Oct
01
2007

Scientists isolate, remove gene for “frog dignity”

Well... He's pretty funny and pathetic...: But don't you think he'd be a little funnier and sadder if we could see through him?  (Photo by jepoirrer on flickr.com)
Well... He's pretty funny and pathetic...: But don't you think he'd be a little funnier and sadder if we could see through him? (Photo by jepoirrer on flickr.com)
Japanese scientists have struck the final, hilarious, and kind of yucky blow in the age-old fight to put frogs “back in their place.”

“Everyone already knows that dressing frogs up in clothing is pretty funny,” stated lead researcher Masayuki Sumida, professor at the Institute for Amphibian Biology of state-run Hiroshima University, “But a while back we started to wonder, ‘what if we went just the opposite way?’ What if we could create a completely naked frog?

“That would really show them who’s the boss,” added Sumida.

The IAB team would soon find, however, that creating a “naked” frog is much more difficult than one might assume. As it happens, merely removing the clothing that one has already put on a frog does not result in a naked frog. Instead what you end up with is simply a “frog.”

Taking the next logical step, the team attempted anesthetizing a frog, and removing its skin. This, they hoped, would overcome the amphibian’s natural defenses against nakedness. This experiment produced a suitably naked, but unfortunately “dead” frog, and, as the point of the experiment was to humiliate the creature, Sumida felt that the team must take a new direction.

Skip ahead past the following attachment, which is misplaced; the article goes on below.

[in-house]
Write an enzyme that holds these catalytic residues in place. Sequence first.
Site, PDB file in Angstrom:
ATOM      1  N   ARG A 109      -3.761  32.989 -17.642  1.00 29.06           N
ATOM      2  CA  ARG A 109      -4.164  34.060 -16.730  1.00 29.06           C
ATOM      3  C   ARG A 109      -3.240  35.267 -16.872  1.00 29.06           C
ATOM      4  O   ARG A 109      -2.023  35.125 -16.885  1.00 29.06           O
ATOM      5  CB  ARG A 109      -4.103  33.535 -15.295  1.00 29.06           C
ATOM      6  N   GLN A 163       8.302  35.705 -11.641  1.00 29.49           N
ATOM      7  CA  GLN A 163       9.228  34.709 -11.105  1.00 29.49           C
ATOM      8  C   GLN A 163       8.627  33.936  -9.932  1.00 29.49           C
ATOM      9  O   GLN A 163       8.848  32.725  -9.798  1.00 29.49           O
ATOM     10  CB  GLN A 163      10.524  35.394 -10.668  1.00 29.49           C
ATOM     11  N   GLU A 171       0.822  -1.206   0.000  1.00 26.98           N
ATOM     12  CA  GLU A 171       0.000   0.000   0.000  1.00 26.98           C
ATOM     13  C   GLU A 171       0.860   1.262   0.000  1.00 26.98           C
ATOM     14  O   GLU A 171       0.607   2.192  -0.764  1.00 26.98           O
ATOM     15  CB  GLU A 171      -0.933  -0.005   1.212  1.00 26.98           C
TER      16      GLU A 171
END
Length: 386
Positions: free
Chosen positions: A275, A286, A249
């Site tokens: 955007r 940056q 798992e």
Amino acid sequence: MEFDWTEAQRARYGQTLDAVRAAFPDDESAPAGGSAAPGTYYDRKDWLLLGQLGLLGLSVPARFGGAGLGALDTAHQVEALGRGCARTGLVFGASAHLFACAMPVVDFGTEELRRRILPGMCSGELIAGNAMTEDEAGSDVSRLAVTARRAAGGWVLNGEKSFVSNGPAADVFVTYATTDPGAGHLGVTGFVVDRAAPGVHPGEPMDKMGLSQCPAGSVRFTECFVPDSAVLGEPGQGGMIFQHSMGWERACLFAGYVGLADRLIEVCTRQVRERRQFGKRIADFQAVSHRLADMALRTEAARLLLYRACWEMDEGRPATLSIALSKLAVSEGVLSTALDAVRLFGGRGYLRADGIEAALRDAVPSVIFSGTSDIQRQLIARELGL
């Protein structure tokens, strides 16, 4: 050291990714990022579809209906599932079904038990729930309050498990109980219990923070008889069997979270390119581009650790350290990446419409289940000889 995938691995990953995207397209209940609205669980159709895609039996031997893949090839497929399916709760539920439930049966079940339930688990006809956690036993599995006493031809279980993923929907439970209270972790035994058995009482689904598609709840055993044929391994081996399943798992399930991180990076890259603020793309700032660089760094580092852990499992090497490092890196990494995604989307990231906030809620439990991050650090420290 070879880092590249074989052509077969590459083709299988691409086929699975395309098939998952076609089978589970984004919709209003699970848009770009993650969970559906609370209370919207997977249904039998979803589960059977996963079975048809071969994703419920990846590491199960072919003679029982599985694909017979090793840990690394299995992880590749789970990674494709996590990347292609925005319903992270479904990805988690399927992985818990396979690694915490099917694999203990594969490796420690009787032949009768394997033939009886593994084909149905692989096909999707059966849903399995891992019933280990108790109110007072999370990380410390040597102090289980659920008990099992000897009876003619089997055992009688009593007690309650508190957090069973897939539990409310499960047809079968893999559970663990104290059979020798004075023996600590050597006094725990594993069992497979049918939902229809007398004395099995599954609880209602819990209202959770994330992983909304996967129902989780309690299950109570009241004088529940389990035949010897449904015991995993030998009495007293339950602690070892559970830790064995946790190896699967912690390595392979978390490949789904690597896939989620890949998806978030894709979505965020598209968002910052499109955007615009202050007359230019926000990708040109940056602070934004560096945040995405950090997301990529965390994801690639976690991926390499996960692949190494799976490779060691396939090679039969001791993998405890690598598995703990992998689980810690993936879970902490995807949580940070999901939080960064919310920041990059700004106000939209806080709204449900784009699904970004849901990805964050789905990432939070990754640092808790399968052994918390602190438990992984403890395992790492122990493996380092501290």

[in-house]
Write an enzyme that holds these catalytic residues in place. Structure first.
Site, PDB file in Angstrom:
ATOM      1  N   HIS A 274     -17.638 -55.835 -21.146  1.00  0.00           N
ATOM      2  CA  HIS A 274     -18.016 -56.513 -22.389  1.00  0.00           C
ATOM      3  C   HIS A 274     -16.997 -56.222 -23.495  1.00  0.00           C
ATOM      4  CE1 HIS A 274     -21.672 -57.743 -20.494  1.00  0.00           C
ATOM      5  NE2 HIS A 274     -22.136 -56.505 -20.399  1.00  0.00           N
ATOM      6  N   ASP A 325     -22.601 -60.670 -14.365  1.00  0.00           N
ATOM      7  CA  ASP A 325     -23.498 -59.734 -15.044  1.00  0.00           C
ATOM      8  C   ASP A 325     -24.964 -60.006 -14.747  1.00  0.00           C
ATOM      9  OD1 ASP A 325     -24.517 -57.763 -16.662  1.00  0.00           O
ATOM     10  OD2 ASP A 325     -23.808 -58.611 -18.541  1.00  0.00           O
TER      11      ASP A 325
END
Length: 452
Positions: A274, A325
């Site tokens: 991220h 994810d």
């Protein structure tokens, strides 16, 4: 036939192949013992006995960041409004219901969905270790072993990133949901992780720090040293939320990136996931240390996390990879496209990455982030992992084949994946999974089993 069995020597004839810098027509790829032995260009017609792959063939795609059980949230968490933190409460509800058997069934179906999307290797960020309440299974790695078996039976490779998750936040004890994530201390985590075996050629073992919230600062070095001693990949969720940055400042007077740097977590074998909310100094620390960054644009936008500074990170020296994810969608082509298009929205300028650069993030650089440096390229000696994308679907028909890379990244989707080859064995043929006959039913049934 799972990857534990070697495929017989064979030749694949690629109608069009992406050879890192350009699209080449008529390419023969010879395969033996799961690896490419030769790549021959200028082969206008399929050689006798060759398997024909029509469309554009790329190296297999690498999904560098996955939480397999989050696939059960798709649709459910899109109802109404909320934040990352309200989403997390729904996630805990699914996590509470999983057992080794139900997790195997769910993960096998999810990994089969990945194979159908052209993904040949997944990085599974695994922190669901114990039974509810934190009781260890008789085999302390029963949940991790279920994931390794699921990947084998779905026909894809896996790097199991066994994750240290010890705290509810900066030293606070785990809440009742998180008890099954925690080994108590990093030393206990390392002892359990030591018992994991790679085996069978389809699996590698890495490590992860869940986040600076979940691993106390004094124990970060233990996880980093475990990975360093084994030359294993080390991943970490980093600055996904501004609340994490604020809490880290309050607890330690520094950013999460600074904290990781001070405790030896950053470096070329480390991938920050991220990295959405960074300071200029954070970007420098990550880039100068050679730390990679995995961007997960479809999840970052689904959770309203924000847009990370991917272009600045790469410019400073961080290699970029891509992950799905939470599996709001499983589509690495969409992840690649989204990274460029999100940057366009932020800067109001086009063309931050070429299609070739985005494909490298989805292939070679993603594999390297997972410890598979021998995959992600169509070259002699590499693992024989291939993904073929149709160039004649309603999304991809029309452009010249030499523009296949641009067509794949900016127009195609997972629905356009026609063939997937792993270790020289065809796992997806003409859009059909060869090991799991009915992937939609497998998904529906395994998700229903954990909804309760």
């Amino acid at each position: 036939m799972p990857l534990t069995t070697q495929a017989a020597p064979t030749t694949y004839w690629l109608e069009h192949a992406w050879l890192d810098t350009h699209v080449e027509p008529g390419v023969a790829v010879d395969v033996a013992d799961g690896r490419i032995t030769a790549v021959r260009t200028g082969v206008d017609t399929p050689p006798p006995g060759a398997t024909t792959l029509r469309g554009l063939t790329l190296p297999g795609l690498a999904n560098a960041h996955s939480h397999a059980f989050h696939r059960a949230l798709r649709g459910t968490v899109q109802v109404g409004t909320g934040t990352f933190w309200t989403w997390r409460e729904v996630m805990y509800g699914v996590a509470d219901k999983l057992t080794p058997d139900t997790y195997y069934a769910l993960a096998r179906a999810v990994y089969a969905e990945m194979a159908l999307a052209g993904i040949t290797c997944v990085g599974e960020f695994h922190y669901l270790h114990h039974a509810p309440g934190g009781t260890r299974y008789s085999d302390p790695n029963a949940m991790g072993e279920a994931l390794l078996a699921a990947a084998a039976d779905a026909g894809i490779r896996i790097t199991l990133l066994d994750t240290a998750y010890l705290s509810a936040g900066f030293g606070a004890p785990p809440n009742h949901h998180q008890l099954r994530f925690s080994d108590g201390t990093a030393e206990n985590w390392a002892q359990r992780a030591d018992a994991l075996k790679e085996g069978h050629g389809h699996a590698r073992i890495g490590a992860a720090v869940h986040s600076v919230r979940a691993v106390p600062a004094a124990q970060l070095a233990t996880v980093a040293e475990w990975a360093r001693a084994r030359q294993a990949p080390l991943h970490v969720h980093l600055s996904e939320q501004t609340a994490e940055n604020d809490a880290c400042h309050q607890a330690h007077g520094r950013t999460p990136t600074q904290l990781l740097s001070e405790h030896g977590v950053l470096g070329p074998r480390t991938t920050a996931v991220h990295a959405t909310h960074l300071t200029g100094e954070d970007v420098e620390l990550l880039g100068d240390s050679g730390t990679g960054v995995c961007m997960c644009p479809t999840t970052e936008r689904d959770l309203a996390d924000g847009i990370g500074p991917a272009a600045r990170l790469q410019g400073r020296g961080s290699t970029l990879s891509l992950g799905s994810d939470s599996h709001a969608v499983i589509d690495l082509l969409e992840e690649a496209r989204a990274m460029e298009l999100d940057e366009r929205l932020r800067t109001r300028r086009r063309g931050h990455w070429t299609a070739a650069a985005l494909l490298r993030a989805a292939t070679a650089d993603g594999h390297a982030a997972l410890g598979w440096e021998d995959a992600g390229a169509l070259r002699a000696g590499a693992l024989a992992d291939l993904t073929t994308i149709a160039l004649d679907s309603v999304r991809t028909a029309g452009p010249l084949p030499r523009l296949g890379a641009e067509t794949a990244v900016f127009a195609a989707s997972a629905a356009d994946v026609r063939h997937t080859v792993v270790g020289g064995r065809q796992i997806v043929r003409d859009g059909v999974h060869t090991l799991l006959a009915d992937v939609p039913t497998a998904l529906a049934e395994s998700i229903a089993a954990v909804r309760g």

For some time very little progress was made, and the team feared that the project’s funding would soon fall through, for lack of results. One night, however, a plucky young member of the research team remembered that the Japanese brown frog, or rena japonica carried two separate chromosomal slots, which, if occupied by specific recessive genes, could cause the normally dark colored frog to be born pale. Acting on a hunch, the researcher bred groups of frogs carrying the recessive genes. When a frog was finally produced that carried both sets of recessive genes, the team had their break through. This frog’s skin was so pale that it could actually be seen through (check out the picture). What’s more, the tadpoles with these genes bore similarly transparent skin, and one could “see dramatic changes of organs when tadpoles mutate into frogs.”

Sumida’s team hopes to patent this process for making see-through frogs, claiming that the creatures would make unique and invaluable study aids, or, at the very least, good conversation pieces.

The offspring of the transparent frogs share their parents’ traits. However, as an unexpected bonus insult to the frogs, by the next generation genetics seems to catch up, and the grandchildren die shortly after birth.

So where does research go from here? “It might seem like there’s not a lot more we could do to these little guys,” says a team spokesperson. “But we like to think that as long as there are frogs still around, we’re going to try and do something weird to them. Our next project? I don’t want to get too into it, but I’ll say this: glow-in-the-dark.”

Your Comments, Thoughts, Questions, Ideas

Anonymous's picture
Anonymous says:

that's interesting....

posted on Mon, 10/01/2007 - 6:24am
Anonymous's picture
Anonymous says:

I do agree that a "see through" frog would be a great educational tool for viewing basic anatomy, observing the growth of organs from tadpole to adult, and tracking fluorescent genes. The tone of the article and some of the quotes from the researching scientists seem to be joking more than I would expect - maybe to engage all audiences in a discussion - but overall this "naked frog" from seems like a great alternative to the age-old method of pithing.

posted on Mon, 10/01/2007 - 2:40pm

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